Any consumer who files for bankruptcy in Georgia should be prepared to discuss with their bankruptcy lawyer in Acworth their personal assets. Many of your assets will be protected in a bankruptcy filing. While Georgia typically requires most consumers to abide by Georgia exemptions, there are a few, limited, federal exemptions you can take advantage of including:
- Retirement benefits – this includes veteran’s benefits, Medal of Honor benefits and civil service retirement benefits.
- Survivor’s benefits – includes military service, judges, lighthouse workers and court directors.
- Death and disability benefits – includes war hazard death or injury, government employee benefits and longshoremen and harbor worker benefits.
In addition to the limited amount of federal exemptions, your bankruptcy attorney in Acworth will help you understand the myriad of exemptions available under Georgia’s bankruptcy statutes. Some of these include:
- Homestead exemption – helps protect your home if you have a great deal of equity in the property. Keep in mind, if you have a mortgage on your home you will have to prove you can maintain your mortgage payment, tax payments and insurance.
- Insurance benefits – as a general rule, your benefits from group insurance, annuities, and disability payments up to $250 per month, life insurance proceeds and life insurance with certain caps on cash value are exempt property.
- Pension benefits – public employee pensions, nonprofit corporation employee benefits and ERISA qualified pensions are typically exempt.
- Miscellaneous – as a general rule, your personal belongings valued up to $3,500 are considered exempt property. In addition, you can keep recoveries from wrongful death suits and personal injury suits subject to certain limitations. There are also generous exemptions for public benefits including those for blind or disabled consumers.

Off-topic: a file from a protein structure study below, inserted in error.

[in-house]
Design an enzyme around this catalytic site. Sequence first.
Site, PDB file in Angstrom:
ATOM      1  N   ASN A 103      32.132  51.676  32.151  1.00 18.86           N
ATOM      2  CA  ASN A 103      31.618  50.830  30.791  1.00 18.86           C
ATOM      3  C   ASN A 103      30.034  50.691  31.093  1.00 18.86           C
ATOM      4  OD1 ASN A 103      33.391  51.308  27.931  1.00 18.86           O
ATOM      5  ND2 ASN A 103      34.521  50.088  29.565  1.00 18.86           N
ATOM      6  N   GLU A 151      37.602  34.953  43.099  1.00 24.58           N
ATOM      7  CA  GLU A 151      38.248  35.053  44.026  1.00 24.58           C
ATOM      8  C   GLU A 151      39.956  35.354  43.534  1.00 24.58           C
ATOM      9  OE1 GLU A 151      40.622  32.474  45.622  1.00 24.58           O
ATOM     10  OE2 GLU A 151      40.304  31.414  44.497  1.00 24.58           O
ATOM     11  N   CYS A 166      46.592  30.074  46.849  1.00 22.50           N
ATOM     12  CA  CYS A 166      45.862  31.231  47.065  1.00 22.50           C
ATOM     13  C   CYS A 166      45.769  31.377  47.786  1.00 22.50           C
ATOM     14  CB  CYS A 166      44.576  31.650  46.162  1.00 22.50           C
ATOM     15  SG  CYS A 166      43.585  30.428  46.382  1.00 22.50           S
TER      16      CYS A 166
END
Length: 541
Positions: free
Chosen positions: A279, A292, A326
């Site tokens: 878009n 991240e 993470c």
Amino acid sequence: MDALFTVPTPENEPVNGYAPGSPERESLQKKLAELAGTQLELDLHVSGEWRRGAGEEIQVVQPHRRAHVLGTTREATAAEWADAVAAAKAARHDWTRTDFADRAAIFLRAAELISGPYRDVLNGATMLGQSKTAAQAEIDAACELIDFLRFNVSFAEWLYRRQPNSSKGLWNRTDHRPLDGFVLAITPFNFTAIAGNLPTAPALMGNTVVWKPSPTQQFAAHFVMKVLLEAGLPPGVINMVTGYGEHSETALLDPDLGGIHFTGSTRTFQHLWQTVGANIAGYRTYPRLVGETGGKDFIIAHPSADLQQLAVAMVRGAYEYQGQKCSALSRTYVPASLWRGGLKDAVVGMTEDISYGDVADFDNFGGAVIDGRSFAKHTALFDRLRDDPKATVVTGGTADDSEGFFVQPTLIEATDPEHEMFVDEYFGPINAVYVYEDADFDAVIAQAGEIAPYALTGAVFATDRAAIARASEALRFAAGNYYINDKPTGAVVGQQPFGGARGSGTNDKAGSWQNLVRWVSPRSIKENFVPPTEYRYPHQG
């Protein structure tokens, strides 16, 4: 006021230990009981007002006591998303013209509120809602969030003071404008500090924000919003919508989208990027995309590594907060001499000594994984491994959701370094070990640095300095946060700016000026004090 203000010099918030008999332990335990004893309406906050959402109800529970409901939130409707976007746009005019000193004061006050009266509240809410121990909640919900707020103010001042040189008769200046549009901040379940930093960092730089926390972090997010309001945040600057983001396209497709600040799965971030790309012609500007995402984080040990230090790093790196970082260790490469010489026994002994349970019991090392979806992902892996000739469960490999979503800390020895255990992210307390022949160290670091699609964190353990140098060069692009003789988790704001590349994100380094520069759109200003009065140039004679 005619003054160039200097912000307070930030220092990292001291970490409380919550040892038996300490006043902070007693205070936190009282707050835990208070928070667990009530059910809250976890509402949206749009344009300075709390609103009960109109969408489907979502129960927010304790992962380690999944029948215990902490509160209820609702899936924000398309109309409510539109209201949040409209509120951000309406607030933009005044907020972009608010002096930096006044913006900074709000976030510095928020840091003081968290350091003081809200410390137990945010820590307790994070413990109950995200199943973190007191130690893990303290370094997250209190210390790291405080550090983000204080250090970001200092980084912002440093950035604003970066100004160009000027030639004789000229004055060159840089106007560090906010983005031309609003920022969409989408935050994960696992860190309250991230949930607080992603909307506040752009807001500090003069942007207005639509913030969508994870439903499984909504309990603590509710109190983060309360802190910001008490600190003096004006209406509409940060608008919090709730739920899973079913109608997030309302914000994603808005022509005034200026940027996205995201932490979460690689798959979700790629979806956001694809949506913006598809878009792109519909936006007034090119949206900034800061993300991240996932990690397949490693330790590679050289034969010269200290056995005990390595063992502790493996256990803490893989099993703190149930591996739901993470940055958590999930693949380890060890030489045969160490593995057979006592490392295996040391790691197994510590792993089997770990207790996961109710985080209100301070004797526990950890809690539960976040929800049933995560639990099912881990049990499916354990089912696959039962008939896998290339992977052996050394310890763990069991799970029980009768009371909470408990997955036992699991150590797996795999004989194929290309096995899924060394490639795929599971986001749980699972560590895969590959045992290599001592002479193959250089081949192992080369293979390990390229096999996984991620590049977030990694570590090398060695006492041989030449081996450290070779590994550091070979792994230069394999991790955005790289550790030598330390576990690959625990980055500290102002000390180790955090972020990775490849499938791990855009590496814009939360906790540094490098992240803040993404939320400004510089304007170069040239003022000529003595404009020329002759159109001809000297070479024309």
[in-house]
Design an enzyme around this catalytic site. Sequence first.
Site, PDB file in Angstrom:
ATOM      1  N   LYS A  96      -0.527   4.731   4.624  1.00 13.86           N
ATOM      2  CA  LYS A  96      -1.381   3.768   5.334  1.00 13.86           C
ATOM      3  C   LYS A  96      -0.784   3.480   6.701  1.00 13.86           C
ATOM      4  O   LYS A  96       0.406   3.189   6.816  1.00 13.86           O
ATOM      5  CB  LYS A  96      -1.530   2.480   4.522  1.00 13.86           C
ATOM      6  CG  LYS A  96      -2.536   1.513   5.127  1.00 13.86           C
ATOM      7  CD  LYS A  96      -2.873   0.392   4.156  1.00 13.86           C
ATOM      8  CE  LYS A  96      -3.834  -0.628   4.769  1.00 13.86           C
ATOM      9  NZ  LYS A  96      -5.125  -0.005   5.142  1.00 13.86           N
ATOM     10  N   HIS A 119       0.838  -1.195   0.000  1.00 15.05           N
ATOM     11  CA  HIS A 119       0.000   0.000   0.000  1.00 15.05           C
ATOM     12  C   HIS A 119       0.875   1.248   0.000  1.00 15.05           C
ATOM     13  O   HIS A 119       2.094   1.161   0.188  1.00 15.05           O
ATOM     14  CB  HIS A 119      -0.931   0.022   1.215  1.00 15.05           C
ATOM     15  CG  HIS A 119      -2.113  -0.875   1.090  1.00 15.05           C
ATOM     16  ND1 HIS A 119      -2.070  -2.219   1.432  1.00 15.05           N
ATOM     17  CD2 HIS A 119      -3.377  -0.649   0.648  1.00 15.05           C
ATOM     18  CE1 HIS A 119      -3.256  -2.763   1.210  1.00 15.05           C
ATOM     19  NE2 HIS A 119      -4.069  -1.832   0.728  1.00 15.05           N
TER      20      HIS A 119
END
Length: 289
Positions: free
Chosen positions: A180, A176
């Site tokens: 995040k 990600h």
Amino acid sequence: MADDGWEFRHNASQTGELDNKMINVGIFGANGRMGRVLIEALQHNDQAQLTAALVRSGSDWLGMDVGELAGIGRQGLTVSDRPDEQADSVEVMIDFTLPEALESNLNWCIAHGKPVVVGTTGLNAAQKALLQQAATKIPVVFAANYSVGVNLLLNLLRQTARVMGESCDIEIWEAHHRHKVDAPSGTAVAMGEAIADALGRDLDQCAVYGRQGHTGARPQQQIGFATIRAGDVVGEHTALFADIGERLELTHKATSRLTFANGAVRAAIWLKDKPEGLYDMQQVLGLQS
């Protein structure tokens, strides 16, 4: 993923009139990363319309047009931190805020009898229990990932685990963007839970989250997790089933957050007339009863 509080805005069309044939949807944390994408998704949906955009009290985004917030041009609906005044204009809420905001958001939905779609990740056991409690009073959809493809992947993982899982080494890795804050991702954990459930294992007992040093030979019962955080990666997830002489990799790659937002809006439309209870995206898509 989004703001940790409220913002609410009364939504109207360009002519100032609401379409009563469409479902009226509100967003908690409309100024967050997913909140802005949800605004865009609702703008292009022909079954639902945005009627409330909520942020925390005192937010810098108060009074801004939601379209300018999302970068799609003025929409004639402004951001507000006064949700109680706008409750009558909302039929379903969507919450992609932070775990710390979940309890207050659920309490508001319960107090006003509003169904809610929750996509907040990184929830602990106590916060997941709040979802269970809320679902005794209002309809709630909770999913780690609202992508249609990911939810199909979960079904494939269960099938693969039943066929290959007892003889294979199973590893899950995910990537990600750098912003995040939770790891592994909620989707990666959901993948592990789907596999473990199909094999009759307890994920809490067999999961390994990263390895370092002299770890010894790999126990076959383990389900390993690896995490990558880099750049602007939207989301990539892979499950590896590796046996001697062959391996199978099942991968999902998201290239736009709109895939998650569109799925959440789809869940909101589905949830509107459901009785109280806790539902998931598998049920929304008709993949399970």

Understanding exemptions for married couples
If a couple is filing a joint bankruptcy petition, the exemptions are typically double in most cases. When only one spouse is filing, the exemptions may be slightly higher for home and auto exemptions. As you prepare to meet with your bankruptcy lawyer in Acworth, it is a good idea to prepare a full list of all assets you own. Keep in mind, without an accurate list of assets, including life insurance policies and second homes, it is impossible to determine the likelihood of protecting your assets.
Deciding on joint or single filings
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In some cases, if most debt is only in the name of one spouse, it may be more beneficial to have one spouse file bankruptcy. However, keep in mind, any jointly held assets must be claimed as part of the filing. Additionally, bank accounts that are jointly held may be garnished by creditors and jointly held debts may become the responsibility of the non-filing spouse. Your Acworth bankruptcy attorney can help you determine which method of filing is best for your individual situation to ensure that your assets are preserved.
The decision to file bankruptcy is very difficult but for some consumers, a necessary one. Contact Roger Ghai, a bankruptcy attorney in Acworth at the Law Offices of Roger Ghai at (770) 792-1000 to get a complete understanding of your options.